More MS news articles for Sep 2001

Key U.S. Senator Wants Canada Drug Reimport Plan

Wednesday September 5 5:26 PM ET
By Susan Cornwell

WASHINGTON (Reuters) - A key US Senate Democrat said Wednesday he will introduce legislation to let Americans obtain lower priced prescription drugs from Canada now that the US government refuses to implement a broader law passed last year.

Declaring that Americans pay more for prescription drugs than anyone in the world, Sen. Byron Dorgan (D-ND) lambasted the Republican administration of President George W. Bush (news - web sites) and his Democratic predecessor, Bill Clinton, for frustrating congressional efforts to fix the situation.

At a Senate Commerce subcommittee hearing, Dorgan waved bottles of medicine he said cost twice as much in the United States as in Canada and said Americans now had to drive to Canada if they wanted to take advantage of the price differential.

The Medicine Equity and Drug Safety Act passed last year would have addressed the problem by allowing US pharmacists and drug wholesalers to reimport US-approved drugs from other countries and sell them at a discount, he said.

But both the Clinton and Bush administrations refused to implement the law, citing safety concerns. Supporters of the reimportation plan suspect both administrations backed down under pressure from the pharmaceutical industry.

Banning the reimportation of drugs was a "sweetheart deal" for drug makers, but a "raw deal" for consumers, said Dorgan, chairman of the subcommittee on consumer affairs. "I don't want to compromise the safety of our drug supply, but neither do I want our consumers handcuffed.

"I think it's likely we'll reintroduce the same legislation and pass it, dealing just with Canada," he said, adding that just as cross-border agreements had been made on items like meat, any drug safety problems could be addressed.

Dorgan said the long-term goal was not to promote cheaper medicine from Canada, but to force the US drug companies to lower drug prices, "so Americans are not paying the highest prices for prescription drugs of any country in the world."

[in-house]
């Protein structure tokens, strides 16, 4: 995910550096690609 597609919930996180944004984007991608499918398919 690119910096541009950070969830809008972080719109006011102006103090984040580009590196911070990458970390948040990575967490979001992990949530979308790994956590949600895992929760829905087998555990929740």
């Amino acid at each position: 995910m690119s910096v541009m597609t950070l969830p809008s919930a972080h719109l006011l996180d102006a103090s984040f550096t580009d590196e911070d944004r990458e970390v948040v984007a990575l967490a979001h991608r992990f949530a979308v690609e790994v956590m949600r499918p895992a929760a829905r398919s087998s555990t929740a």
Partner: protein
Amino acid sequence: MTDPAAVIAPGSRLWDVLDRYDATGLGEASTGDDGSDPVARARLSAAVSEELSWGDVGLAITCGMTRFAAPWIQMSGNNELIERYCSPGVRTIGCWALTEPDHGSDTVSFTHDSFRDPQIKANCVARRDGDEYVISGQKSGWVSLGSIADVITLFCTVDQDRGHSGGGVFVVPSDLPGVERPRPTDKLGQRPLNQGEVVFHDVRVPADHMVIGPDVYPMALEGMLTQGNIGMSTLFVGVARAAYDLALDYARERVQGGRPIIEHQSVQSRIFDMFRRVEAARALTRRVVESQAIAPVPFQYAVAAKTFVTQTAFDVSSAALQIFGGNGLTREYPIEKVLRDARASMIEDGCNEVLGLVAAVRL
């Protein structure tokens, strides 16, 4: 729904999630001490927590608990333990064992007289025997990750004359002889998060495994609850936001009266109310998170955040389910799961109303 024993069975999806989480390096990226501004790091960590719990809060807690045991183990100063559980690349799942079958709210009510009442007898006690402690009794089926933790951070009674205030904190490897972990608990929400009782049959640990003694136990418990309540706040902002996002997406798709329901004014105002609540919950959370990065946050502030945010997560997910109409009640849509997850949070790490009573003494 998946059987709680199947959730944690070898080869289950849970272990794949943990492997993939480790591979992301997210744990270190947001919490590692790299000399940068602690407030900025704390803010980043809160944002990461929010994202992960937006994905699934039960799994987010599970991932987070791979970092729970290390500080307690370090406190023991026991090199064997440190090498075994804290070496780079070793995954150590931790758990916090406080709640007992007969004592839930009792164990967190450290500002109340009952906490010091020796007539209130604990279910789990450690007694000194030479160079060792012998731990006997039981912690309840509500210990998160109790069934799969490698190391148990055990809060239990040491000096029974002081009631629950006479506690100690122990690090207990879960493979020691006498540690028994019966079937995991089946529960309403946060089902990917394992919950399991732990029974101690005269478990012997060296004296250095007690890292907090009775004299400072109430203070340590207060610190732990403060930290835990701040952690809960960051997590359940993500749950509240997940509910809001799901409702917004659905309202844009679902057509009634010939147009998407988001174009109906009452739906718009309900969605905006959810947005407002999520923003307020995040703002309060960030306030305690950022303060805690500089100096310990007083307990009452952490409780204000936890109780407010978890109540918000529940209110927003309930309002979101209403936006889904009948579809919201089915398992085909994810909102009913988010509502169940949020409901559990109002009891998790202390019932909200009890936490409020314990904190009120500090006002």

William Hubbard, a senior associate commissioner at the Food and Drug Administration (news - web sites) (FDA), said the Bush administration believes reimporting drugs from other countries, even Canada, is risky because the FDA does not have oversight there.

"I just don't think we could provide the same assurances for any drug imported from Canada," he told Dorgan.

The pharmaceutical industry countered that instead of devising reimportation schemes, Congress should enact a prescription drug benefit for elderly citizens.

Canada's drug price controls make it difficult for Canadians to get innovative medicines, argued Majorie Powell of the Pharmaceutical Research and Manufacturers of America.

"We should learn from Canada's mistakes--not import them," she told the subcommittee.

Sens. James Jeffords (news - web sites) (I-VT) and Debbie Stabenow (D-MI) said they backed a reimportation scheme. Dorgan's aides thought the idea enjoyed a majority in Congress, but in July the Republican-led House rejected a farther-reaching version of what Dorgan is proposing now.

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